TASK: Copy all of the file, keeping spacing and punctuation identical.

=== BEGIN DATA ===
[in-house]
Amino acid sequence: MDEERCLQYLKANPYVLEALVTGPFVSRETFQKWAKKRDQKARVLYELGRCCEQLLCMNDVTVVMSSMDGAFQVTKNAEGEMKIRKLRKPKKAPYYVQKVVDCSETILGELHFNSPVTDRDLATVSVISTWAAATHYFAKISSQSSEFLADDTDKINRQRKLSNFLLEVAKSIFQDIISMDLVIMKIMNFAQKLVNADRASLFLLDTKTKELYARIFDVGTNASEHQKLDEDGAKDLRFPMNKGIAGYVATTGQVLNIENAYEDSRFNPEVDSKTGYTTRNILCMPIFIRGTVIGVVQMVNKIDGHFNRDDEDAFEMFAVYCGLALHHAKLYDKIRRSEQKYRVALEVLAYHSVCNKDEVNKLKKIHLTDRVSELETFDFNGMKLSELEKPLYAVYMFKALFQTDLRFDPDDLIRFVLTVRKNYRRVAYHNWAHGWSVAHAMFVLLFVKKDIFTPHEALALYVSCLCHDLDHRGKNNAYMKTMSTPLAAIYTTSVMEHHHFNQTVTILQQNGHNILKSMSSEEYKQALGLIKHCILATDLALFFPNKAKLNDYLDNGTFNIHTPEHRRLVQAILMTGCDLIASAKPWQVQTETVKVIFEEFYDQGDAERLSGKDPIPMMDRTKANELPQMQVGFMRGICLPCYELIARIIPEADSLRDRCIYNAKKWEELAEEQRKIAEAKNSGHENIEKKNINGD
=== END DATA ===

[in-house]
Amino acid sequence: MDEERCLQYLKANPYVLEALVTGPFVSRETFQKWAKKRDQKARVLYELGRCCEQLLCMNDVTVVMSSMDGAFQVTKNAEGEMKIRKLRKPKKAPYYVQKVVDCSETILGELHFNSPVTDRDLATVSVISTWAAATHYFAKISSQSSEFLADDTDKINRQRKLSNFLLEVAKSIFQDIISMDLVIMKIMNFAQKLVNADRASLFLLDTKTKELYARIFDVGTNASEHQKLDEDGAKDLRFPMNKGIAGYVATTGQVLNIENAYEDSRFNPEVDSKTGYTTRNILCMPIFIRGTVIGVVQMVNKIDGHFNRDDEDAFEMFAVYCGLALHHAKLYDKIRRSEQKYRVALEVLAYHSVCNKDEVNKLKKIHLTDRVSELETFDFNGMKLSELEKPLYAVYMFKALFQTDLRFDPDDLIRFVLTVRKNYRRVAYHNWAHGWSVAHAMFVLLFVKKDIFTPHEALALYVSCLCHDLDHRGKNNAYMKTMSTPLAAIYTTSVMEHHHFNQTVTILQQNGHNILKSMSSEEYKQALGLIKHCILATDLALFFPNKAKLNDYLDNGTFNIHTPEHRRLVQAILMTGCDLIASAKPWQVQTETVKVIFEEFYDQGDAERLSGKDPIPMMDRTKANELPQMQVGFMRGICLPCYELIARIIPEADSLRDRCIYNAKKWEELAEEQRKIAEAKNSGHENIEKKNINGD